Hybrid work teams have become more common in recent years due to the COVID-19 pandemic. In fact, 43% of Canadian workers say they would look for a new job if they had to work in an office full-time, according to a survey by Amazon Business. The functionality of a hybrid workplace can vary, but the main idea is that employees balance their time between working remotely and in an office. While this flexibility is beneficial, it can also present some challenges when a team isn’t in one singular location.
Tips for Managing a Hybrid Team
To help with these obstacles, here are some suggestions for how to effectively manage a hybrid team:
- Establish expectations. Employees should know exactly what is expected of them on a weekly, monthly and quarterly basis. Such expectations could include a definition of role responsibilities, work goals and task deadlines.
- Provide a policy. Develop and provide a policy that includes rules for breaks and outlines when it’s acceptable to work from home versus the office. This policy should be given to all employees and be easily accessible for reference.
- Appropriately assess performance. If current performance assessments include time spent at work or on specific tasks, adapt them to analyze and monitor goals or objectives instead.
- Organize different ways to be social. Hybrid work environments can make it difficult for co-workers to engage with each other on a personal level. Help employees get to know one another by hosting a mix of virtual and in-person team bonding opportunities.
- Make sure everyone is included. Take all members of the team into consideration when scheduling meetings or other important events. Whenever a team member is working remotely, they should have the option to join these discussions virtually.
Many believe a hybrid model to be the best strategy for achieving a good work-life balance and these tips will help your employees disconnect and maintain a healthy work/life balance.
Earlier this year, Ontario put new policies in place to help employees disconnect from work. These requirements were added to the Employment Standards Act, 2000, and their purpose is to give workers the right not to engage in work-related communications—including emails, phone calls, video calls, or any other kind of messaging—outside work hours. According to LifeWorks, 28% of Canadians struggle to disconnect after work hours. This could be the start of a wave of provinces adopting similar policies.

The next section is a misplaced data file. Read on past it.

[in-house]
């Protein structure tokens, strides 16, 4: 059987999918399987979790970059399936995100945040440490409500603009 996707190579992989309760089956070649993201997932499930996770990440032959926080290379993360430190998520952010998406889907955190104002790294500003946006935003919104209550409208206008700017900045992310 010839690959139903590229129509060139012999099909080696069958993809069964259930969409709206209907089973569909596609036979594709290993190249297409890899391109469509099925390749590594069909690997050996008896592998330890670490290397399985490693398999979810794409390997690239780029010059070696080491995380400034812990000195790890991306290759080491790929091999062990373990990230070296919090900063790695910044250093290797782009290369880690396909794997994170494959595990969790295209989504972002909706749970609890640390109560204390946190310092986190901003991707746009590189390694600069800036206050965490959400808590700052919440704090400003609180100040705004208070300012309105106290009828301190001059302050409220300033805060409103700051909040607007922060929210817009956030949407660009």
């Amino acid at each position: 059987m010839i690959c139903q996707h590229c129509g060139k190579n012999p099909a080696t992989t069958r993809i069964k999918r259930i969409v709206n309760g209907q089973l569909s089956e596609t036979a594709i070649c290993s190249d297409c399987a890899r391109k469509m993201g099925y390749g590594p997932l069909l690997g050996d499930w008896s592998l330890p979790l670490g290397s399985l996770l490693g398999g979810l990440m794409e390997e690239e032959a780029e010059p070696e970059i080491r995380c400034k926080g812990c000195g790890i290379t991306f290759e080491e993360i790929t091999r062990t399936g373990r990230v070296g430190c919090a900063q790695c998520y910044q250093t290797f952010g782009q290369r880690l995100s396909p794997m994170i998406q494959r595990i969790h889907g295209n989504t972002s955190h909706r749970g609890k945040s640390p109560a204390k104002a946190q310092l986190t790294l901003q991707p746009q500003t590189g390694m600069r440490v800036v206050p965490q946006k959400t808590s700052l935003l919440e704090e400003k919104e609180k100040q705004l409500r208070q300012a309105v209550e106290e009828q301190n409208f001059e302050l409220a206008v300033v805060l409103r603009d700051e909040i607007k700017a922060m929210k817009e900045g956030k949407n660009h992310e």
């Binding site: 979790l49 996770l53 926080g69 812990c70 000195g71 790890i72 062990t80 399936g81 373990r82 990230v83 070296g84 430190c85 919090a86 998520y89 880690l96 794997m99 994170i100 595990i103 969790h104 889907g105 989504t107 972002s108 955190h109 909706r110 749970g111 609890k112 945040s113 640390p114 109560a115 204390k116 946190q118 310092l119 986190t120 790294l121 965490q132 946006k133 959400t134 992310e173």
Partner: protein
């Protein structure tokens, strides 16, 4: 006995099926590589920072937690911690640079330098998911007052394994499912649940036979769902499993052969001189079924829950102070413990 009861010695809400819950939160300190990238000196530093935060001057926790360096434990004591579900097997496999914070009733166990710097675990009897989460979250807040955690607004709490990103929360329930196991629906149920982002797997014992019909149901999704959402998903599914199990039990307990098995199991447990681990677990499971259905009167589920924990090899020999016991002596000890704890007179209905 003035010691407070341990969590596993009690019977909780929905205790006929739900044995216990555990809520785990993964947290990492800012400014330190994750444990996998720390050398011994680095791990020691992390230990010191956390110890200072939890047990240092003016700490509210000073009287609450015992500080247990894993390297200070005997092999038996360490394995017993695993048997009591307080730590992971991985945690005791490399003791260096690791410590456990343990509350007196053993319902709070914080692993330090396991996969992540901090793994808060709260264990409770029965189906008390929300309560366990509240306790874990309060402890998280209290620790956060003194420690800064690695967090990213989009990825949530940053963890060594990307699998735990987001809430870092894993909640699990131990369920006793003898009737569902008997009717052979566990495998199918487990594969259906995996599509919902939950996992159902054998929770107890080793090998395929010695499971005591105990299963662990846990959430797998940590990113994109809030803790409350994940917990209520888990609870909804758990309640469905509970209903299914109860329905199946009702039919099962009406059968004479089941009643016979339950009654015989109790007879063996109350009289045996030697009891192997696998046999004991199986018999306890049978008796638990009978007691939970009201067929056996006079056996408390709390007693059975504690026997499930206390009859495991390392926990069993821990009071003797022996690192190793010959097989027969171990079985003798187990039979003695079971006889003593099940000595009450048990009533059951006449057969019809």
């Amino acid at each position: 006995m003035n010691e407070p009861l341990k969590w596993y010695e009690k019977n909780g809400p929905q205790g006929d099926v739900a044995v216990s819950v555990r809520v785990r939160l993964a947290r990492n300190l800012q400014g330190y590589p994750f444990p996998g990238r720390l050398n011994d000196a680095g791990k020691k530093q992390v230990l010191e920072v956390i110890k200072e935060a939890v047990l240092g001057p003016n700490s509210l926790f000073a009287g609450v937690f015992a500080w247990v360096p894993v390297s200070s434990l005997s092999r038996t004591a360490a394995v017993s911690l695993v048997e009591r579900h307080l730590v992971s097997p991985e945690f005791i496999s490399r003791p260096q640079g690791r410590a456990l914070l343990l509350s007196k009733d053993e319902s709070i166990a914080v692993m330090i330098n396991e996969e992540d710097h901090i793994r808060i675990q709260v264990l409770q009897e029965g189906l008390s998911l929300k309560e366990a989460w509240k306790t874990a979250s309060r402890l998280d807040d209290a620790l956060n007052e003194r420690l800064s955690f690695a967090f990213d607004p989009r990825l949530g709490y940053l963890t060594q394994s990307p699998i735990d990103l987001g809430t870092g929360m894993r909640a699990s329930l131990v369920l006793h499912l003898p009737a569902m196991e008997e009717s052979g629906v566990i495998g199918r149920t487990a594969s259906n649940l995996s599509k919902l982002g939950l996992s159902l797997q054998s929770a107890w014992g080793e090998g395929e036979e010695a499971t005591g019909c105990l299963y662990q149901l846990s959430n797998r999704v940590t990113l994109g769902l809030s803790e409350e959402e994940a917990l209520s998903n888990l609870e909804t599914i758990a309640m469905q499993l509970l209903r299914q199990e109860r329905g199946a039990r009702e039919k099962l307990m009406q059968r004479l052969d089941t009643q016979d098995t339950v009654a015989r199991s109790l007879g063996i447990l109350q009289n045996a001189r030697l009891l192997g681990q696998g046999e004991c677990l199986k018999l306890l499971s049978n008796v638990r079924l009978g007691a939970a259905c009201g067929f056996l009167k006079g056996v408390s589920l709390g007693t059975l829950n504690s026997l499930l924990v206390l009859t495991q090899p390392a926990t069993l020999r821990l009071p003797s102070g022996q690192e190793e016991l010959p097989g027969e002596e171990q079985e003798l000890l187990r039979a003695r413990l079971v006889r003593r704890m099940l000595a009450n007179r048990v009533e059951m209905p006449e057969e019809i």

Help Employees Maintain a Healthy Work-Life Balance
Even though these policies might not be a requirement for every organization, it’s worthwhile to consider the following tips to help employees disconnect from work and maintain a healthy work-life balance:
- Let management lead the way. One way for people to adopt new habits is through learning by example. Workers in leadership or management positions should refrain from messaging, calling, or emailing their team outside work hours. Even if these leaders don’t expect a response, employees may still feel obligated to answer as quickly as possible.
- Make it part of the company culture. Integrate work-life balance into the organization’s core values. This includes putting it in job listings, employee onboarding, and companywide communications. The more it is communicated, the more likely employees will be comfortable with disconnecting from work.
- Communicate the benefits of work-life balance. Raise awareness about why work-life balance is necessary through workplace health and wellness programs. These programs could include facts about how proper work-life balance improves morale, reduces illness, improves work relationships, encourages teamwork, and decreases stress and burnout.
- Relieve the pressure on remote employees. Communicating the importance of work-life balance is especially critical for remote employees. They may have a difficult time disconnecting because they can work from anywhere and at any time, and they may feel pressured to always be available and productive. It’s essential to show employees that their mental health and personal boundaries are respected.
Expert Advice from The Magnes Group
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